Diving in: A Day w/ the Swim Team

The swim season is in full swing again, and the lanes are packed! The turnout of returning and complete beginning swimmers have left the coaches in amazement and excitement for the swimmers this year. Today, we will take a deep dive into the world of these flying fish.


The swim essentials — goggles, swim cap, a towel, and hydration!

Before a swimmer can even step foot into the water, they need to gear up. A proper bathing suit, a swim cap, and efficient swim goggles are essential. Other items – such as a towel and water bottle – are nice to have post-workout (drinking the pool water is NOT recommended!). 

Students on the team do not wear their official Highland swimsuits until there is a competition. This reduced wear keeps the suit as tight as possible, which is key to gliding in the water as fast as possible. So students wear various suits during regular practice – from Nike to other swim-focused brands like TYR and Speedo.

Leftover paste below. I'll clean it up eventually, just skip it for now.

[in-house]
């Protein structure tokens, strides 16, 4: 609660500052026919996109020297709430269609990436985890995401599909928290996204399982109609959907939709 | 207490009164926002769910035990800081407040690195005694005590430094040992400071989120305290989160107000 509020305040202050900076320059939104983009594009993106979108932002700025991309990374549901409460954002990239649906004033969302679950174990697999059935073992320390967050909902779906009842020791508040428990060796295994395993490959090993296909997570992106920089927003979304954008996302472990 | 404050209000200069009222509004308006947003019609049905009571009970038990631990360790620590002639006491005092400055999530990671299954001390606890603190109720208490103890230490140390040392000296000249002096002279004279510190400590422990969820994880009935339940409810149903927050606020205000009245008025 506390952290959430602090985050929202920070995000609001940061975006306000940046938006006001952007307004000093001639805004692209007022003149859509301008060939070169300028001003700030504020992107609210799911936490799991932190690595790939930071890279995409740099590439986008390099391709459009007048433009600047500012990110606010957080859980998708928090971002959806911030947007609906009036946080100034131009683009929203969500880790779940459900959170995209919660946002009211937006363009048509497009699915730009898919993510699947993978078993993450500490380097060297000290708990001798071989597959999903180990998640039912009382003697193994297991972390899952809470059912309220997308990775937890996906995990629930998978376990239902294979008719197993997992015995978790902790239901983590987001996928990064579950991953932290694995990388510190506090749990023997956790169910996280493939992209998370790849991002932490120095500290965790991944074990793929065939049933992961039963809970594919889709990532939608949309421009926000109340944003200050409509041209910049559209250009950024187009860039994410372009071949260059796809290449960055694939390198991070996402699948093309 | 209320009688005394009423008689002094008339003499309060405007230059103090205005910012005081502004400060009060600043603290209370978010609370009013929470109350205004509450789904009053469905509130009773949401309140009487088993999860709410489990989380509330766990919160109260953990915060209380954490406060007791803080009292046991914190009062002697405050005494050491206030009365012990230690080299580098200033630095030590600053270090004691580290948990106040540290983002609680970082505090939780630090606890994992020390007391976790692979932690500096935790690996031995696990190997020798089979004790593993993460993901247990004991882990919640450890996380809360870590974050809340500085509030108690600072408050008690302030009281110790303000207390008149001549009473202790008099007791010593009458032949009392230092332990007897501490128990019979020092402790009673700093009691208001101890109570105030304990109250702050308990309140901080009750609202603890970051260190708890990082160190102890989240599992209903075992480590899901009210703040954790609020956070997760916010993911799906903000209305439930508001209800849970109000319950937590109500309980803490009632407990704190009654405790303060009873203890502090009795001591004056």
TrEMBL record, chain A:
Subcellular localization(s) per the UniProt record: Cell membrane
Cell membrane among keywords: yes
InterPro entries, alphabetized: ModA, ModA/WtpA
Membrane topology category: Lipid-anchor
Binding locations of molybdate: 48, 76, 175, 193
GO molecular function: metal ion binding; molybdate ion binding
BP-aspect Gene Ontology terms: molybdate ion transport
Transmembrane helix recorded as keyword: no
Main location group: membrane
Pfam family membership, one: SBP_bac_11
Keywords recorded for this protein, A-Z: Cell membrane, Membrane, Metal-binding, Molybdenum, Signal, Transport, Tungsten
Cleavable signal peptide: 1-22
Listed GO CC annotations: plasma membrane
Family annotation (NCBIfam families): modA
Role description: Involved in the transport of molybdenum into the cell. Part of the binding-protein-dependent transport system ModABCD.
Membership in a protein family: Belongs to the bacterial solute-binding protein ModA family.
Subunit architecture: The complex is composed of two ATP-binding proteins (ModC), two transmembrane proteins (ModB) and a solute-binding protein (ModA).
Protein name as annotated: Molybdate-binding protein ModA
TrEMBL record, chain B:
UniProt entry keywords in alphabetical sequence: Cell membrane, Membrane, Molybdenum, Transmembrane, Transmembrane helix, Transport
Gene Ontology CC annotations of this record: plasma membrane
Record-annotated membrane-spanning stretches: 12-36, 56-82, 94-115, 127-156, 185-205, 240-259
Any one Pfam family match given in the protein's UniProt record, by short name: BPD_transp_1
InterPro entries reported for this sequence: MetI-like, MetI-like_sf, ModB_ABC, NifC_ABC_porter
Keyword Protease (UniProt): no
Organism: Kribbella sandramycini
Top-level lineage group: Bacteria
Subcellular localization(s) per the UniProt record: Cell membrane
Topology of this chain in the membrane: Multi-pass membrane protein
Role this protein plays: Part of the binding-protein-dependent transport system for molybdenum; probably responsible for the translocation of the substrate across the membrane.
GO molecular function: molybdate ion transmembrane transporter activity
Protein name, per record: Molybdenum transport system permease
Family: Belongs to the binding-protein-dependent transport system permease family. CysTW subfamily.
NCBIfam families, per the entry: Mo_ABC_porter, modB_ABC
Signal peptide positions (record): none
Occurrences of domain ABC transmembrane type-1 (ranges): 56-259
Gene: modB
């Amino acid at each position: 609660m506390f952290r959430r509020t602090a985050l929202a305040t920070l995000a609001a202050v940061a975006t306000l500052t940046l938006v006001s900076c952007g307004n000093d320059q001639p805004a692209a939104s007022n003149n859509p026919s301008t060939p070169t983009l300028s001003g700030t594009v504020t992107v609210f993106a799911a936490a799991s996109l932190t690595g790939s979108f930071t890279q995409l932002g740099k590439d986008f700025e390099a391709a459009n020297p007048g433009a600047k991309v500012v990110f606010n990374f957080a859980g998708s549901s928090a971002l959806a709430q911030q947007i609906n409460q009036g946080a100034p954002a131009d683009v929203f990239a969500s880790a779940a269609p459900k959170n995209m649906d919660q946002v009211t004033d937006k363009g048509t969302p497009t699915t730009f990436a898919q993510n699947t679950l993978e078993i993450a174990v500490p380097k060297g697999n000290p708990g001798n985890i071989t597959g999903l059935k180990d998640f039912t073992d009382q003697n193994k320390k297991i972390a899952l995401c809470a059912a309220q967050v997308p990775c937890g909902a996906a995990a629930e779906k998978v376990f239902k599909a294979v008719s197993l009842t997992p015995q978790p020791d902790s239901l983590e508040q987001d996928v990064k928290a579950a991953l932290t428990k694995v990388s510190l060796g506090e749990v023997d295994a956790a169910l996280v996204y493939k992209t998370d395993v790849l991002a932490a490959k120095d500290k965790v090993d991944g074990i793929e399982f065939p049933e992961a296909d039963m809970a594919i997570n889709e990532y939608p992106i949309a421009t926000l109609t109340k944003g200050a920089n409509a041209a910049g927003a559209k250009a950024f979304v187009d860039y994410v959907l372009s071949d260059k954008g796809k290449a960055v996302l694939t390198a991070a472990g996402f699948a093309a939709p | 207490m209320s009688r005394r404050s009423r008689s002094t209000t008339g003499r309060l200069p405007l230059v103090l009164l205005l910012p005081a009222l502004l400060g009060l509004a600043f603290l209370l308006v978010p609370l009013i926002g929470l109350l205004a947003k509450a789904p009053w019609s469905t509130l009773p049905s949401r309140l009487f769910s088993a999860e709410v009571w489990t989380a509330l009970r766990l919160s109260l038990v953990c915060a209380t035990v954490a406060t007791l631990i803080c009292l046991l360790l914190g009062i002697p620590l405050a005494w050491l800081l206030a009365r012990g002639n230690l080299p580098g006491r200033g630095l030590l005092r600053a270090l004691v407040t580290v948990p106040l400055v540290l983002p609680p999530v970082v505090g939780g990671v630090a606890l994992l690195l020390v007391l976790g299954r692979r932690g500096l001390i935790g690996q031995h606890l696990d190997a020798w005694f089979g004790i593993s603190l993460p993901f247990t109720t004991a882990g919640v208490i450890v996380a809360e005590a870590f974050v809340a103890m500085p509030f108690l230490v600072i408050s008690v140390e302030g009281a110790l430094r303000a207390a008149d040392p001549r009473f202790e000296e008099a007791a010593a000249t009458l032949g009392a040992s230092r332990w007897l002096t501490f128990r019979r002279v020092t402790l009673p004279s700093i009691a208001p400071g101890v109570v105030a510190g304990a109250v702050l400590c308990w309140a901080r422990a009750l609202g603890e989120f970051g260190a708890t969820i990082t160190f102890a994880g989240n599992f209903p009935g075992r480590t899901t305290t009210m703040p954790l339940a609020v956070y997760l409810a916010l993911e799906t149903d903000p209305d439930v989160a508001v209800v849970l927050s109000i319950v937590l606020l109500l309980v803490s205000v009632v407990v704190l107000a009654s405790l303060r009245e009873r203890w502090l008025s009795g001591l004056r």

Due to the shift in school hours, Swimmers without a ride to the Bakersfield College pool typically wait an hour for the swim bus. During this off time, many chat with friends or get homework done. Twice a week, this extra hour is replaced with a weight room practice led by Coach Prasser! Speaking of the coaches…

Meet the Coaches

This year, the Highland swim team boasts three coaches – two returning and one new. 

Coach Prasser is Highland Alumni and teaches 11th grade English. He started swim as a Freshman at Highland and quickly worked his way up to earn a sports scholarship. Prasser pays especially careful attention to form and technique when coaching his swimmers. Above all else, though, he believes in pushing boundaries. Encouraging students to have “mental toughness,” Coach Prasser never shies away from a difficult workout, and even hops in the pool to rough it out with students on occasion. Even on weekends, you’ll find Prasser thinking up new skills for his team to tackle or going for a swim himself at the McMurtrey Pool.